Zeroing in on Freeway Ramps

New Vision Zero efforts to make streets safer focus on an oft-neglected part of SoMa’s infrastructure.

The intersection of Fifth and Bryant has faded crosswalks, making it more dangerous for pedestrians crossing the freeway on-ramp. | Photo by Nuala Sawyer

It was shortly after 1 a.m. on June 15, 2014, and Wilbert Williams was asleep in his tent. He’d set it up where many unhoused people do: next to a freeway ramp in SoMa, a spot seldom disturbed by disgruntled neighbors calling the cops. On Fifth Street between Bryant and Harrison sits a small, curved cement park, sandwiched between the two highway ramps and surrounded by a low, three-foot wall. It was this wall that Jaime Juarez flew over in his 2001 Toyota SUV that night. He crashed into Williams’ tent, immediately killing the 62-year-old as he slept.

Four years later, the ramps off Fifth Street are largely unchanged. Safe-streets advocates have for years asked for improvements to the on-and-off ramps to San Francisco’s major highways, most of which are in SoMa. Now, thanks to a new grant, 10 of those are under review for some serious safety improvements.

Freeway ramps are far less sexy projects to tackle than other troublesome streets in San Francisco, yet every one of the 10 under study sits on a high-injury corridor, or the 13 percent of city streets that account for 70 percent of serious or fatal traffic collisions. Each has its own dangers: faded or nonexistent pedestrian or bicycle infrastructure, yield signs instead of stop lights, long crossing distances for pedestrians, or steep, short ramps that don’t give much time for reduced speed — all of which can be compounded by the gloomy darkness of overhead freeways.

It’s clear when looking at most of these ramps that they were designed with a vehicle-first mentality, despite the fact that they exist in densely packed neighborhoods. But even there, they often fail. Stand at the Fifth and Bryant intersection during rush hour and watch how many cars accidentally find themselves in the wrong lane.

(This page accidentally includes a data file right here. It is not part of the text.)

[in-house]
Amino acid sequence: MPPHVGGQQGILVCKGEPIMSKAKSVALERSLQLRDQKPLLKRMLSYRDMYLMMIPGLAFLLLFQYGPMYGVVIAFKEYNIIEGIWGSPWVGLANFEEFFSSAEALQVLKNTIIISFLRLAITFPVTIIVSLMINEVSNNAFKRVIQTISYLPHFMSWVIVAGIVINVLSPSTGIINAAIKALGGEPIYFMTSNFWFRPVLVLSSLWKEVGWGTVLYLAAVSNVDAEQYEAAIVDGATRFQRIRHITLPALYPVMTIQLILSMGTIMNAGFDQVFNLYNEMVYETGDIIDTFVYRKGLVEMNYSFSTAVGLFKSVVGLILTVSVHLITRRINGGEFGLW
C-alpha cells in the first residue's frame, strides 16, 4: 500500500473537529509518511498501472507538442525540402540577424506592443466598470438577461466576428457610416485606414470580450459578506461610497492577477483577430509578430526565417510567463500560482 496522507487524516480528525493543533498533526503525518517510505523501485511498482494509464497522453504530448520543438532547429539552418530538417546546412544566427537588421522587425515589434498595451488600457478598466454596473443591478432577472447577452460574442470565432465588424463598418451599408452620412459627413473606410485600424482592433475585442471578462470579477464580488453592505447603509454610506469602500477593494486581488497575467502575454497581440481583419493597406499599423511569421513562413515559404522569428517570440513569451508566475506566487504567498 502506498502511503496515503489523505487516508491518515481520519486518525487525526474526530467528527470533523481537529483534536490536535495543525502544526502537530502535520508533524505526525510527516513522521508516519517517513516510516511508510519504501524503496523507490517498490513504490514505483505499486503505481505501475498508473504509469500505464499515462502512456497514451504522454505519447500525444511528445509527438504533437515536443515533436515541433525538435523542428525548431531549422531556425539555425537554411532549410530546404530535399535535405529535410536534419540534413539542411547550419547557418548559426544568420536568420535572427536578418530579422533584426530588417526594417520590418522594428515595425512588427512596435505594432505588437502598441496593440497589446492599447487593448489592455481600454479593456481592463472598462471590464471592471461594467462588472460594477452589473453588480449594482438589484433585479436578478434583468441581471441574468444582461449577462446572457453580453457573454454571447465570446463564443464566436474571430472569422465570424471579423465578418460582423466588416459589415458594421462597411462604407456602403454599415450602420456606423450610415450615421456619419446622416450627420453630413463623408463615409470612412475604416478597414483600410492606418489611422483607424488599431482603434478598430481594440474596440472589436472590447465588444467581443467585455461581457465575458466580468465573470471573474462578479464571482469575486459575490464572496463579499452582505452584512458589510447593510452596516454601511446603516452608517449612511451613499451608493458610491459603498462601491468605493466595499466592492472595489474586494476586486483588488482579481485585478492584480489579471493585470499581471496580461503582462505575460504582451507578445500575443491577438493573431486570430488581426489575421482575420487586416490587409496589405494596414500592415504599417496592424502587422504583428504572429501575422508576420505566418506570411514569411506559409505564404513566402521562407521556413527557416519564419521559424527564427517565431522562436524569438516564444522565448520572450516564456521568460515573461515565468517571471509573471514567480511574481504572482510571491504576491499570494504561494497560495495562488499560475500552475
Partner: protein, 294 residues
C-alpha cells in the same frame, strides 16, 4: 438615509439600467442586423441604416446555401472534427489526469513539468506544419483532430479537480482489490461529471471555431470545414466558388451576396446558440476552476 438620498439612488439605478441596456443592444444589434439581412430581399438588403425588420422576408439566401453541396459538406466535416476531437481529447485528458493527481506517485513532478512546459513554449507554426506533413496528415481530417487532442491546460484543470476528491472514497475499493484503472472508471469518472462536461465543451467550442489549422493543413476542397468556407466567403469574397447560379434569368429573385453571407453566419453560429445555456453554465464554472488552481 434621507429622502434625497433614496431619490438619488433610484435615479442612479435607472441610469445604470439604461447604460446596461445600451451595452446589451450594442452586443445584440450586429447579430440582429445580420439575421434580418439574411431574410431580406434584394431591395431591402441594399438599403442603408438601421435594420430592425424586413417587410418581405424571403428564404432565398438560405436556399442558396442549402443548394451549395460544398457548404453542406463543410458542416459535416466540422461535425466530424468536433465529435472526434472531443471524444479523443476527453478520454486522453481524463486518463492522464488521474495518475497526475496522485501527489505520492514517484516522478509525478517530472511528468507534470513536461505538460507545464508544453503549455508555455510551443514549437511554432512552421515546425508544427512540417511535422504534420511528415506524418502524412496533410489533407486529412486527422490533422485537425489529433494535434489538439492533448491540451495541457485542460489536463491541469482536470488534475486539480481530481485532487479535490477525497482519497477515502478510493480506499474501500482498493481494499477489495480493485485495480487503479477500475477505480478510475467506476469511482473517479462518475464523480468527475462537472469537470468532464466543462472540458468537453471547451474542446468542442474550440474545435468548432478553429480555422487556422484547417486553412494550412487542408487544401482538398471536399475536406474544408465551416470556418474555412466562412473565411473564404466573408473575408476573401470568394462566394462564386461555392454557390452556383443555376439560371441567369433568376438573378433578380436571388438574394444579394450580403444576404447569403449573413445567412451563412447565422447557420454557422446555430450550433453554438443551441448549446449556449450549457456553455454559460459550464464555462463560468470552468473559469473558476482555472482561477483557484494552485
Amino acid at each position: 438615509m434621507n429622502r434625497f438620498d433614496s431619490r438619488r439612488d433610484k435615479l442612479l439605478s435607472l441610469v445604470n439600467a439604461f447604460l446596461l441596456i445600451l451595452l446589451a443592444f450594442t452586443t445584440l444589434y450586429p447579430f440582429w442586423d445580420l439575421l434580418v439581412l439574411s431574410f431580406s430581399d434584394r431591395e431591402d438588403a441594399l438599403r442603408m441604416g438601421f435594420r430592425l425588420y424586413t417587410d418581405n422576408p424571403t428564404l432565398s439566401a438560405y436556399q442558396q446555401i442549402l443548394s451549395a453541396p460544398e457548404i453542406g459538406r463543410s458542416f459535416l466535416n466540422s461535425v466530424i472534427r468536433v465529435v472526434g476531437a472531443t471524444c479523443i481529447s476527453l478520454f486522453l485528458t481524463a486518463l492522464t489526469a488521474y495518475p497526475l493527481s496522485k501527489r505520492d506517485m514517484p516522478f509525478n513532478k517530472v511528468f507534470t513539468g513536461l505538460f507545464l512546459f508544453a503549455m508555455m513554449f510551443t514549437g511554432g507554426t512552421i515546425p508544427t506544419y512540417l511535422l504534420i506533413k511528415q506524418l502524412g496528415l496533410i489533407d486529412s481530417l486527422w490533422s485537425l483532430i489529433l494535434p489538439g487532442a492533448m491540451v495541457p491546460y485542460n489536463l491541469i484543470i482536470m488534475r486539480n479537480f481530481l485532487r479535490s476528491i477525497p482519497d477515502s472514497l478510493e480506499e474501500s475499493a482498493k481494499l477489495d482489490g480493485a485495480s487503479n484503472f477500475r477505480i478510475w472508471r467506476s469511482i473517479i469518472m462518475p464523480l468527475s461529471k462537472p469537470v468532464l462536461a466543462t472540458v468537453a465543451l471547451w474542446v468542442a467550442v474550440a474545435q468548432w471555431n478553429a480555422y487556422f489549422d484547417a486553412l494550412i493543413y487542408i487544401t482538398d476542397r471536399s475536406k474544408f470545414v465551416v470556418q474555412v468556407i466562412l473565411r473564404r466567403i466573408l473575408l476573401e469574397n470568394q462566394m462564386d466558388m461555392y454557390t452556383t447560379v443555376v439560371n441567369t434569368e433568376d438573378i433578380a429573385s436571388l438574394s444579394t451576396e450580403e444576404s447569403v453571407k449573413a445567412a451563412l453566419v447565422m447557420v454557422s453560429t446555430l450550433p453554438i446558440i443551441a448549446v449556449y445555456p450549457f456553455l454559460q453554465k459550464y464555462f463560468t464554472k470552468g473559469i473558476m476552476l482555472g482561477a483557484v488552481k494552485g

There are many reasons freeway ramps have been left on the back burner, not least of which is that any changes made must be done as a collaboration between Caltrans, which supports our state’s highways, the San Francisco County Transportation Authority, and the San Francisco Municipal Transportation Agency. If you think the SFMTA is slow, try getting three transit agencies together in one room.

But change is imminent, with in-depth studies on solutions already underway. Leading much of these efforts is Colin Dentel-Post, a senior transportation planner with the SFCTA. The agency has already conducted one local freeway ramp study, and thanks to a Caltrans grant, is now focused on a second. To select the intersections, Dentel-Post and his team had the not-so-fun task of perusing police reports of collisions to carefully map out exactly what happened, where, and why. More than 800 people took a freeway survey, and the SFCTA met with community groups, sent mailers to neighbors, and tabled to catch passers-by. Through all that time-consuming information gathering, a plan is beginning to take shape.